The winter gardening guide

Freezing weather and short days make us all want to huddle up indoors and hibernate. Your garden is sleeping too. But there are still important winter garden jobs that can be done – and luckily not all of them are outside.

Spring cleaning … in winter

It might seem a little early for spring cleaning, but there are no wasted moments in our gardener’s calendar. The quiet winter months are an ideal time to restore a bit of order to your garden.

Tidy up sheds and greenhouses ready for the spring growing season. Greenhouses especially benefit from a bit of TLC. Scrub floors and shelving with detergent to kill off pests and fungi, and wash greenhouse glazing too. Removing dirt and algae allows more light to reach new seedlings, promoting healthy growth.

February is a good month to tidy up lawn edges. The worst frosts should be over – walking on frosted grass can damage your lawn – and the lawn isn’t actively growing. Trim edges and repair path borders that might have been damaged by the winter weather. Ornamental grasses can be cut back now too.

Stay frosty: prevent winter damage

Keep an eye on frost damage during the winter. If you have an outside tap, you might want to make it cosy over winter by fitting it with an insulating jacket (available online or in many DIY stores). Another solution to prevent your tap freezing is to turn off the water supply inside the house, using the tap’s shut-off valve.

A frosty garden looks beautiful, but an ice-covered pond can deprive your fish of oxygen. Install a pond heater, or keep a hole open in the ice by floating an inflatable rubber ball in the water – a good use for any stray footballs that might have landed in your garden. If you have a pump or filter, keep it running to prevent it freezing up.

If you are working on soil beds, use a plank or board to spread your weight and prevent compaction. Compacted soil is bad for plants and also increases the risk of surface flooding.

The best times to prune

Most plants sleep through the winter months, making this a good time to sneak up on them and give them a thorough haircut. Shrubs and trees like maples and birches, as well as vines (such as grapevines) should be pruned before the New Year. Pruning these plants later can make them “bleed” sap, damaging the plant.

If your pruning hand is aching, other plants can be left until February. This is the time to prune winter-flowering shrubs like viburnum or cornus. And if you’re lucky enough to have a wisteria, prune this now too, making sure it looks glorious come April.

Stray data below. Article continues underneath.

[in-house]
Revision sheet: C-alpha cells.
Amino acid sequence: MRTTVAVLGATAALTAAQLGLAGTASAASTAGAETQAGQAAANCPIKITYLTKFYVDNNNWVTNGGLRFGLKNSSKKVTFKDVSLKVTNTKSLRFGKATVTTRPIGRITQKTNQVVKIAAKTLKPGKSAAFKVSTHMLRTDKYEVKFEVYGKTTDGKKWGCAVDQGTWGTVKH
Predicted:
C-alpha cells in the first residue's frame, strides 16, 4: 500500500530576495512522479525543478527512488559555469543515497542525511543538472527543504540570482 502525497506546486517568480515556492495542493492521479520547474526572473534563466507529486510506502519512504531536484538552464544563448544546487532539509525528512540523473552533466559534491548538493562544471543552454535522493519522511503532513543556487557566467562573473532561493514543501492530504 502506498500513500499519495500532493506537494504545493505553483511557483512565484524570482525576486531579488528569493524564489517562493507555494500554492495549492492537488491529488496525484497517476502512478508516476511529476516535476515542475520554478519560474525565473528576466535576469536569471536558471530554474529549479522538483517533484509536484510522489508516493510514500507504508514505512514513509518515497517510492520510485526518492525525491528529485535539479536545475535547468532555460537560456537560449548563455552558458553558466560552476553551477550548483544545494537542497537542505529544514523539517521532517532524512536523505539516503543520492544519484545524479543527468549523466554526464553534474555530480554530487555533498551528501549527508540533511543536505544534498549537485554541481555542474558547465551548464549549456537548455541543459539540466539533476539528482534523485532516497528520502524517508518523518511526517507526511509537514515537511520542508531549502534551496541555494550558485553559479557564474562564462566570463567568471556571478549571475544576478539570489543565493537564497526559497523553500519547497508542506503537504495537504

Don’t be stumped

Removing old stumps can be difficult, but if you have one that you’ve been meaning to tackle for ages, why not add it to your New Year’s resolutions and take care of it before spring? Any damage or disruption to surrounding plants will grow over by the summer, and the activity will certainly keep you warm.

This is also a good time of year to plant new trees or shrubs, so why not fill the hole with something new.

The calm before the storm

So far, only the snowdrops have given any indication of what’s to come. But as winter turns to spring, your garden will burst back into life. A bit of preparation now can ensure you’re ready for the rush.

Add compost or mulch to beds, giving plants the nutrients and conditions they need for their coming growth spurt. Adding mulch will reduce weed growth, as well as helping to retain water during the drier months ahead. Hard as it is to believe on a cold February afternoon, soon the sun will be out and rain will – hopefully – be scarce.

Another key way to prepare is by installing water butts to collect rain water. Doing this before spring will allow you to make the most of April showers. And full water butts can prevent you being caught out by hosepipe bans, keeping your garden green all summer long.

An empty winter’s garden is also the perfect blank canvass for planning new garden features. Why not use this time to plan a new pond, raised beds or new planting?

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